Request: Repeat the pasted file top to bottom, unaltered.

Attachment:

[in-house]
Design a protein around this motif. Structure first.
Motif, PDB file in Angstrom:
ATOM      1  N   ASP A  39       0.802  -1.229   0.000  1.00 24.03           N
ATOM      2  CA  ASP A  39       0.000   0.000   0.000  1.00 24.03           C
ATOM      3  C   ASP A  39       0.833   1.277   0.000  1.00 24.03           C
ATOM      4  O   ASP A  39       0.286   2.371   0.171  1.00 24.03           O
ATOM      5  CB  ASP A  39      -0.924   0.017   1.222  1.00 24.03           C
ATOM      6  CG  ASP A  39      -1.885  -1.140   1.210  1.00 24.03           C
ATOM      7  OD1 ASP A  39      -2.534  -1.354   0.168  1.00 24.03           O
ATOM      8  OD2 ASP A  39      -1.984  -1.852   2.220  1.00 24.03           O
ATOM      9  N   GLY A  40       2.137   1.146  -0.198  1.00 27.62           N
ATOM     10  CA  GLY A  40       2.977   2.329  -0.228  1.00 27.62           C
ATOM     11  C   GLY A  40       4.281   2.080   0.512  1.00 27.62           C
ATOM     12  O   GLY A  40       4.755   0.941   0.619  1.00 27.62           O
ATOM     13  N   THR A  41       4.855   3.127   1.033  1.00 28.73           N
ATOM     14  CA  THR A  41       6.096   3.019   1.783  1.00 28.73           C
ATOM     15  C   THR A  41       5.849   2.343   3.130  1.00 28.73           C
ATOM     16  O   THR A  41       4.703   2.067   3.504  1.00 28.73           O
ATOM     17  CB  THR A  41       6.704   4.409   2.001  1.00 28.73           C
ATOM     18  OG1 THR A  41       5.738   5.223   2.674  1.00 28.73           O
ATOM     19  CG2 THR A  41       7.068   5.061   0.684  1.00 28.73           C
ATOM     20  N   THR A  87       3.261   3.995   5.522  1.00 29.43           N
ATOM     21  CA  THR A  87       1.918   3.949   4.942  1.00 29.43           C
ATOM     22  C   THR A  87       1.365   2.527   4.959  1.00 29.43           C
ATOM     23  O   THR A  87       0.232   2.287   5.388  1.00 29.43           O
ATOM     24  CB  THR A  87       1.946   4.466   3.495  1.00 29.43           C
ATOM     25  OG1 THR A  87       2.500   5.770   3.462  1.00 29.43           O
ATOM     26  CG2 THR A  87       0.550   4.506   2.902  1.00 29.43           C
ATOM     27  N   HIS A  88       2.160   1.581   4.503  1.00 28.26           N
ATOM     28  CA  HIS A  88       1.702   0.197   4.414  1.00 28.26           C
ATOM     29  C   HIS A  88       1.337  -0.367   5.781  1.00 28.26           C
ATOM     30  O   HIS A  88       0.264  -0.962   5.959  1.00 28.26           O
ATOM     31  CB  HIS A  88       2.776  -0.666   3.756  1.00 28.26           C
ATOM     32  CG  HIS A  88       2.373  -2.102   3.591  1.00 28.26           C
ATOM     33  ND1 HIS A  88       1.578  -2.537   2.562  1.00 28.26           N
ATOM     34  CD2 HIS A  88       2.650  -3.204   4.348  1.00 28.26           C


[in-house]
Design a protein around this motif. Structure first.
Motif, PDB file in Angstrom:
ATOM      1  N   ASP A  39       0.802  -1.229   0.000  1.00 24.03           N
ATOM      2  CA  ASP A  39       0.000   0.000   0.000  1.00 24.03           C
ATOM      3  C   ASP A  39       0.833   1.277   0.000  1.00 24.03           C
ATOM      4  O   ASP A  39       0.286   2.371   0.171  1.00 24.03           O
ATOM      5  CB  ASP A  39      -0.924   0.017   1.222  1.00 24.03           C
ATOM      6  CG  ASP A  39      -1.885  -1.140   1.210  1.00 24.03           C
ATOM      7  OD1 ASP A  39      -2.534  -1.354   0.168  1.00 24.03           O
ATOM      8  OD2 ASP A  39      -1.984  -1.852   2.220  1.00 24.03           O
ATOM      9  N   GLY A  40       2.137   1.146  -0.198  1.00 27.62           N
ATOM     10  CA  GLY A  40       2.977   2.329  -0.228  1.00 27.62           C
ATOM     11  C   GLY A  40       4.281   2.080   0.512  1.00 27.62           C
ATOM     12  O   GLY A  40       4.755   0.941   0.619  1.00 27.62           O
ATOM     13  N   THR A  41       4.855   3.127   1.033  1.00 28.73           N
ATOM     14  CA  THR A  41       6.096   3.019   1.783  1.00 28.73           C
ATOM     15  C   THR A  41       5.849   2.343   3.130  1.00 28.73           C
ATOM     16  O   THR A  41       4.703   2.067   3.504  1.00 28.73           O
ATOM     17  CB  THR A  41       6.704   4.409   2.001  1.00 28.73           C
ATOM     18  OG1 THR A  41       5.738   5.223   2.674  1.00 28.73           O
ATOM     19  CG2 THR A  41       7.068   5.061   0.684  1.00 28.73           C
ATOM     20  N   THR A  87       3.261   3.995   5.522  1.00 29.43           N
ATOM     21  CA  THR A  87       1.918   3.949   4.942  1.00 29.43           C
ATOM     22  C   THR A  87       1.365   2.527   4.959  1.00 29.43           C
ATOM     23  O   THR A  87       0.232   2.287   5.388  1.00 29.43           O
ATOM     24  CB  THR A  87       1.946   4.466   3.495  1.00 29.43           C
ATOM     25  OG1 THR A  87       2.500   5.770   3.462  1.00 29.43           O
ATOM     26  CG2 THR A  87       0.550   4.506   2.902  1.00 29.43           C
ATOM     27  N   HIS A  88       2.160   1.581   4.503  1.00 28.26           N
ATOM     28  CA  HIS A  88       1.702   0.197   4.414  1.00 28.26           C
ATOM     29  C   HIS A  88       1.337  -0.367   5.781  1.00 28.26           C
ATOM     30  O   HIS A  88       0.264  -0.962   5.959  1.00 28.26           O
ATOM     31  CB  HIS A  88       2.776  -0.666   3.756  1.00 28.26           C
ATOM     32  CG  HIS A  88       2.373  -2.102   3.591  1.00 28.26           C
ATOM     33  ND1 HIS A  88       1.578  -2.537   2.562  1.00 28.26           N
ATOM     34  CD2 HIS A  88       2.650  -3.204   4.348  1.00 28.26           C